34. 34. Monsignor Pedro de Foix Montoya Santa Maria diMonserrato, Rome (c. 1621) marble life-size
  35. 35. Bust of Cardinal ScipioneBorghese (1632) marble height 78 cm Galleria Borghese, Rome
  36. 36. Bust of CostanzaBonarelli (c. 1635) marble height 72 cm
  37. 37. Bust of Cardinal Richelieu Louvre Museum, Paris (1641) white marble height 83 cm
  38. 38. Bust of Francesco I d'Este Galleria Estense, Modena (1650-51) marble height107 cm
  39. 39. Bust of Charles I of England c. 1675 copy lead (original in marble) height 66 cm This important piece is one of only three versions known to be in existence, taken from a marble bust by Gianlorenzo Bernini which was destroyed in the Whitehall Palace fire of 1698. Although the sculptor of this bust is undetermined, one suggested possibility is John Bushnell (1636-1701) who trained in Italy before returning to England in 1668/69, and in 1671 created a statue of Charles I in Purbeck stone, which is also thought to be based on Bernini's bust.
  40. 40. Other works Another of Bernini's sculptures is known affectionately as Bernini's Chick by the Roman people. It is located in the Piazza della Minerva, in front of the church Santa Maria sopra Minerva. Pope Alexander VII decided that he wanted an ancient Egyptian obelisk to be erected in the piazza and commissioned Bernini to create a sculpture to support the obelisk. The sculpture of an elephant was finally created in 1667 by one of Bernini's students, ErcoleFerrata. One of the most interesting features of this elephant is its smile. To find out why it is smiling, the viewer must head around to the rear end of the animal and to see that its muscles are tensed and its tail is shifted to the left. Bernini sculpted the animal as if it were defecating. The animal's rear is pointed directly at the office of Father DomenicoPaglia, a Dominican friar, who was one of the main antagonists of Bernini and his artisan friends, as a final salute and last word. Bernini worked along with ErcoleFerratato created a much admired fountain for the Lisbon Palace of the Portuguese nobleman Count of Ericeira. For the same patron he also created a series of paintings with the battles of Louis XIV as subject. These works were lost as the Palace, great Library and rich art collection of the Counts of Ericeira were destroyed along most of central Lisbon due to the great earthquake of 1755. The death of his constant patron Urban VIII in 1644 released a horde of Bernini's rivals and marked a change in his career, but Innocent X set him back to work on the extended nave of St Peter's and commissioned the Four Rivers fountain in Piazza Navona. At the time of Innocent's death in 1655 Bernini was the aribiter of public taste in Rome. He died in Rome in 1680, and was buried in the Basilica di Santa Maria Maggiore. Among the many who worked under his supervision were Luigi Bernini, Stefano Speranza, GiulianoFinelli, Andrea Bolgi, FilippoParodi, Giacomo Antonio Fancelli, LazzaroMorelli, Francesco Baratta, and Francois Duquesnoy. Among his rivals in architecture was Francesco Borromini; in sculpture, Alessandro Algardi. Two years after his death, Queen Christina of Sweden, then living in Rome, commissioned FilippoBaldinuccito write his biography, (translated in 1996 as The life of Bernini).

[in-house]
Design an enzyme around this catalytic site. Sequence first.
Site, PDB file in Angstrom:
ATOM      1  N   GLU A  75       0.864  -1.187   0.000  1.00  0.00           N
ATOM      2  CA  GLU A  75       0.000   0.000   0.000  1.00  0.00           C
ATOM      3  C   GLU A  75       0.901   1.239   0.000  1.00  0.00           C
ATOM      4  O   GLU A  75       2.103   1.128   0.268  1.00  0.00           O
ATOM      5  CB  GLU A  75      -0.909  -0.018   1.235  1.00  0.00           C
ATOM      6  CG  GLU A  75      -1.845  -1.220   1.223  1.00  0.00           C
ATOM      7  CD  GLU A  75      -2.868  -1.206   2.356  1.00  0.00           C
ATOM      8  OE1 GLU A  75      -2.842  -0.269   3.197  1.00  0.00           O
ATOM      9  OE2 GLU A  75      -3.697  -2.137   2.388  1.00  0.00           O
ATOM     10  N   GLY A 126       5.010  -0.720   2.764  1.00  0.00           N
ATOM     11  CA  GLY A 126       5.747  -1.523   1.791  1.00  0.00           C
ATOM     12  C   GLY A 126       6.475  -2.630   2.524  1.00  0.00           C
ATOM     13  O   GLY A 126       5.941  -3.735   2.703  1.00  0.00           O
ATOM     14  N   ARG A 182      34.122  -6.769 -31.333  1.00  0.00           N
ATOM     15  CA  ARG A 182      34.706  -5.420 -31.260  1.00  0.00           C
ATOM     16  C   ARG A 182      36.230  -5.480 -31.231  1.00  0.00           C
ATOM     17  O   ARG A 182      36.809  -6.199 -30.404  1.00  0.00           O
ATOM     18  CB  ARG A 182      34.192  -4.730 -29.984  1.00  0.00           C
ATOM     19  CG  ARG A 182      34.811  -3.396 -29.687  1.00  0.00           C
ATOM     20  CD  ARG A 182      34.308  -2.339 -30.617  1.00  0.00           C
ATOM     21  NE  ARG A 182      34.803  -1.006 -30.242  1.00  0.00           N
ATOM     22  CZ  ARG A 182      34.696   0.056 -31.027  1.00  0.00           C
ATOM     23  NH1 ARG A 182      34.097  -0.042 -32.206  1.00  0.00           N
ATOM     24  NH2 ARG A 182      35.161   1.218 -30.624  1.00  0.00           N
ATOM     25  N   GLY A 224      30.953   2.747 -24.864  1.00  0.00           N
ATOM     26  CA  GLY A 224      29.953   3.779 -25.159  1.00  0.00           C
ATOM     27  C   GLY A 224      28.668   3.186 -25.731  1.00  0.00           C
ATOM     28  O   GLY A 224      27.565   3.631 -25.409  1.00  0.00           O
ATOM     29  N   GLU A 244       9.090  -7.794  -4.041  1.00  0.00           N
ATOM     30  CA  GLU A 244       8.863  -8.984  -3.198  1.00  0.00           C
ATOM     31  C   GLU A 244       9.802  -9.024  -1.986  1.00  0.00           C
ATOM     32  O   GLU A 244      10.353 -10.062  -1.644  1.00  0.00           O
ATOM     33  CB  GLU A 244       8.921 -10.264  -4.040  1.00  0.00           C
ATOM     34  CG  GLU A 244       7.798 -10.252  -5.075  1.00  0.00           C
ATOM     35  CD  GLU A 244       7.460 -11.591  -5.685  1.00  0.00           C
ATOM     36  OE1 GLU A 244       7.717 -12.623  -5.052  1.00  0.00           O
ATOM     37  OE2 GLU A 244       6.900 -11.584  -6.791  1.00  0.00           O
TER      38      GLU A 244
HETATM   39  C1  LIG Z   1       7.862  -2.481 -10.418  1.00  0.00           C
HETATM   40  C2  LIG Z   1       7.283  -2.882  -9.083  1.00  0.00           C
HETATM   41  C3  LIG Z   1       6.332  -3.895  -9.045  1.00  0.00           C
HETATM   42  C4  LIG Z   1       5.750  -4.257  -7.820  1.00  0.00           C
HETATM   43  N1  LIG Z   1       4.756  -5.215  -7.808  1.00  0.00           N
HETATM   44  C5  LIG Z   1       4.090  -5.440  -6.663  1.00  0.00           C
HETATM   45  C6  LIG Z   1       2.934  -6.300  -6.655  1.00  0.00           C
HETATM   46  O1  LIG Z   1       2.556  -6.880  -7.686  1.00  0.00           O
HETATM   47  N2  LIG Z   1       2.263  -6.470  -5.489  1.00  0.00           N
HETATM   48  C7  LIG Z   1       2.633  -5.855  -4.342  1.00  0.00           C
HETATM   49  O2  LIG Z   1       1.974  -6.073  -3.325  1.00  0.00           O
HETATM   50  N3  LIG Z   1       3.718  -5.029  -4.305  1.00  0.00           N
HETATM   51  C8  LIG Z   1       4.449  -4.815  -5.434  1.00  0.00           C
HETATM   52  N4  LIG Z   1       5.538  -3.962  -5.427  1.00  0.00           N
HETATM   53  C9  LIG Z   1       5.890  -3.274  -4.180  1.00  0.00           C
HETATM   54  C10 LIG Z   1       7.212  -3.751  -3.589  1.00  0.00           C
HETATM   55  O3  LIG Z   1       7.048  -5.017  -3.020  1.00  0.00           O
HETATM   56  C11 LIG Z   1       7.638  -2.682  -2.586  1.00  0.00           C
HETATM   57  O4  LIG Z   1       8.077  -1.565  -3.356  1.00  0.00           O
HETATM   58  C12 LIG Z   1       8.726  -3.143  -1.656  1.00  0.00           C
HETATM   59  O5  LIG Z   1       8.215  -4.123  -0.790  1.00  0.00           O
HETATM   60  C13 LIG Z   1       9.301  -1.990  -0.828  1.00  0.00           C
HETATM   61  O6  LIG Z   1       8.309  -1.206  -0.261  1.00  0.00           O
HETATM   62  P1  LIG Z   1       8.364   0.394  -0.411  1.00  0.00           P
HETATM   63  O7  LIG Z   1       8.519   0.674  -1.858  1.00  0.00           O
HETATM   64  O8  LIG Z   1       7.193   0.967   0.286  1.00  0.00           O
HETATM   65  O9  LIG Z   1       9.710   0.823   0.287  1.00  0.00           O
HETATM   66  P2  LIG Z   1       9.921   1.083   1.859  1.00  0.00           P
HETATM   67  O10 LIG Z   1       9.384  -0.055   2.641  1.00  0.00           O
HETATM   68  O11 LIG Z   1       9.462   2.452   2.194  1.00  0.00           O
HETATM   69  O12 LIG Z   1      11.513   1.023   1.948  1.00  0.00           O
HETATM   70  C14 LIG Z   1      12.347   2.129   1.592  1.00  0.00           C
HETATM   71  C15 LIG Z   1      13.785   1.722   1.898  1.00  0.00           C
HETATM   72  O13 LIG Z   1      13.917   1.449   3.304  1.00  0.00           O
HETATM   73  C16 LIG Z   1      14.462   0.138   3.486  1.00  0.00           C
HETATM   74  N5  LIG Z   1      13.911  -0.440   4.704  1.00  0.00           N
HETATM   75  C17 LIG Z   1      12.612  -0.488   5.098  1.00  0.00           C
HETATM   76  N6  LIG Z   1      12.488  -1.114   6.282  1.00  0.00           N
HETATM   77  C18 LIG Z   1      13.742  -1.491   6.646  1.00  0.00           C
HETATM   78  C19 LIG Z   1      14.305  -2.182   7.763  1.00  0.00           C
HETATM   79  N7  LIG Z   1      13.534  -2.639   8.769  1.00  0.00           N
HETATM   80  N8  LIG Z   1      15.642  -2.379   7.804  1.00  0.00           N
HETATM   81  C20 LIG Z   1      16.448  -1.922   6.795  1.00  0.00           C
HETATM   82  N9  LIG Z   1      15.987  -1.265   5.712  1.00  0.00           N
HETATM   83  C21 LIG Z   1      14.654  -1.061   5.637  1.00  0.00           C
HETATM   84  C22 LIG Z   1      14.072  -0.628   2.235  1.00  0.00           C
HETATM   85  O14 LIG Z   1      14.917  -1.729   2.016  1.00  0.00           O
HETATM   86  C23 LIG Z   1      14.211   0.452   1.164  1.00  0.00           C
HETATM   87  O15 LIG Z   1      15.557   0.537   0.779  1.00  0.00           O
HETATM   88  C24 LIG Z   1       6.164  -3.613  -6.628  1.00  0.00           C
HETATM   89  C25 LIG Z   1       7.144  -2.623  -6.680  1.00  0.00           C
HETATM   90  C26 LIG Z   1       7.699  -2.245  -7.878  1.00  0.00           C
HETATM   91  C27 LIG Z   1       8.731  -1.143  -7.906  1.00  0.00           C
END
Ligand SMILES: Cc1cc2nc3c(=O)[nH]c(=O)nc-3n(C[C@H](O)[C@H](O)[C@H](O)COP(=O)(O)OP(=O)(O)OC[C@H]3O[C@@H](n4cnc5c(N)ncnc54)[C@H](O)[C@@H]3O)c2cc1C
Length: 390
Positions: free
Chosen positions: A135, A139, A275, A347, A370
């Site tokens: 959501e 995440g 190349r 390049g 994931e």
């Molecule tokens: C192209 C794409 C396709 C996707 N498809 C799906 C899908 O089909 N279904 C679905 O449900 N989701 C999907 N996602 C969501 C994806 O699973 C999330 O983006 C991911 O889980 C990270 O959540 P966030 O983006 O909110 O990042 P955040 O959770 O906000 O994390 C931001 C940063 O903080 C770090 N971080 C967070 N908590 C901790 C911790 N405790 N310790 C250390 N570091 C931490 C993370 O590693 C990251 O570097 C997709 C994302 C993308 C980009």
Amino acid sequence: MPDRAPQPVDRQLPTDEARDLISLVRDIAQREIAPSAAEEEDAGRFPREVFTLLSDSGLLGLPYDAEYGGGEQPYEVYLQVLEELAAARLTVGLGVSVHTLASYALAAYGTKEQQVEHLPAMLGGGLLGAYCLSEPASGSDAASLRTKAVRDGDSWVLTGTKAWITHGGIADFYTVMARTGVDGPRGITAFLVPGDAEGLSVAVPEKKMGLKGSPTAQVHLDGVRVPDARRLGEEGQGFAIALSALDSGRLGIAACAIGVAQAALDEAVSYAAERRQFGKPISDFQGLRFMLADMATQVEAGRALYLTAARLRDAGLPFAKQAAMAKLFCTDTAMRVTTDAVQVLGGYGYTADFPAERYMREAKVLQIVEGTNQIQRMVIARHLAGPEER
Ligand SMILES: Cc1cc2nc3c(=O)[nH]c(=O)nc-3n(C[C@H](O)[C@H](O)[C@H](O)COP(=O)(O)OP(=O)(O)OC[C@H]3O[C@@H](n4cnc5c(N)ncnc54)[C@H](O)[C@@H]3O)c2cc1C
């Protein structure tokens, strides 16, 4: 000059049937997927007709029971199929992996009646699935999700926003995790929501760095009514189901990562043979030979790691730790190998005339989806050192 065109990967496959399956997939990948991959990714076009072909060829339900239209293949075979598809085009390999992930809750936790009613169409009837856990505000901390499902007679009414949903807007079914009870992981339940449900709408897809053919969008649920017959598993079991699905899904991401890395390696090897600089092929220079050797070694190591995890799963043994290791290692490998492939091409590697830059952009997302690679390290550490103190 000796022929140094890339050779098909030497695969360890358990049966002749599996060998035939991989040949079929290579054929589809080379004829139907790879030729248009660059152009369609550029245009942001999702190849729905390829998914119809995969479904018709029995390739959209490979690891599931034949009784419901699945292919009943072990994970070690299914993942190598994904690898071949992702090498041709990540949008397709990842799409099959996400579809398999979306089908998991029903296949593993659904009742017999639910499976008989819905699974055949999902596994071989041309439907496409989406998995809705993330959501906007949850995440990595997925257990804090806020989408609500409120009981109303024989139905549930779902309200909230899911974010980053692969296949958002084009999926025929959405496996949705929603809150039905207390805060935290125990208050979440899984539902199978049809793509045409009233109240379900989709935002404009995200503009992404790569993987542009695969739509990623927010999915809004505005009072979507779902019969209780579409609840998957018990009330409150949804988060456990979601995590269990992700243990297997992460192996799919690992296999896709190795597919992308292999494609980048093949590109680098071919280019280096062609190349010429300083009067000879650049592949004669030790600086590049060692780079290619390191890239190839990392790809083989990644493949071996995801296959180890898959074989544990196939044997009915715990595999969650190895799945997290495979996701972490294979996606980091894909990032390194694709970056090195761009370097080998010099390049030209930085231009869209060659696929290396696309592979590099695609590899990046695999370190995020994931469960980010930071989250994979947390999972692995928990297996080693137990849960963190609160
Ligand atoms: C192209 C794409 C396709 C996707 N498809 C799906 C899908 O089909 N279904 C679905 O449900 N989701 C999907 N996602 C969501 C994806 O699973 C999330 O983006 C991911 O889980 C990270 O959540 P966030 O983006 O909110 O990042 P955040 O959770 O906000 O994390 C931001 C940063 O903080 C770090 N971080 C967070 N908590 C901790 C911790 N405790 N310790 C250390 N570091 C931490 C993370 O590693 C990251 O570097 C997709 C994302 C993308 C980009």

41. 41. Sculpture Selected works * Bust of Giovanni Battista Santoni(c. 1612) - Marble, life-size, Santa Prassede, Rome * Martyrdom of St. Lawrence (1614-1615) - Marble, 66 x 108 cm, ContiniBonacossi Collection, Florence * The Goat Amalthea with the Infant Jupiter and a Faun (1615) - Marble, Galleria Borghese, Rome * St. Sebastian (c. 1617) - Marble, ThyssenBornemisza Museum, Madrid * A Faun Teased by Children (1616-1617) - Marble, height 132,1 cm, Metropolitan Museum of Art, New York * Aeneas, Anchises, and Ascanius(1618-1619) - Marble, height 220 cm, Galleria Borghese, Rome * Damned Soul (1619) - Palazzo diSpagna, Rome * Blessed Soul (1619) - Palazzo diSpagna, Rome * Apollo and Daphne (1622-1625) - Marble, height 243 cm, Galleria Borghese, Rome * St. Peter's Baldachin (1624) - Bronze, partly gilt, Basilica di San Pietro, Vatican City * Charity with Four Children (1627-1628) - Terracotta, height 39 cm, MuseoSacro, MuseiVaticani, Vatican * David (1623-1624) - Marble, height 170 cm, Galleria Borghese, Rome * Fontana dellaBarcaccia(1627-1628) - Marble, Piazza diSpagna, Rome * Bust of Monsignor Pedro de Foix Montoya (c. 1621) - Marble, life-size, Santa Maria diMonserrato, Rome * Neptune and Triton (1620) - Marble, height 182,2 cm, Victoria and Albert Museum, London * The Rape of Proserpina (1621-1622) - Marble, height 295 cm, Galleria Borghese, Rome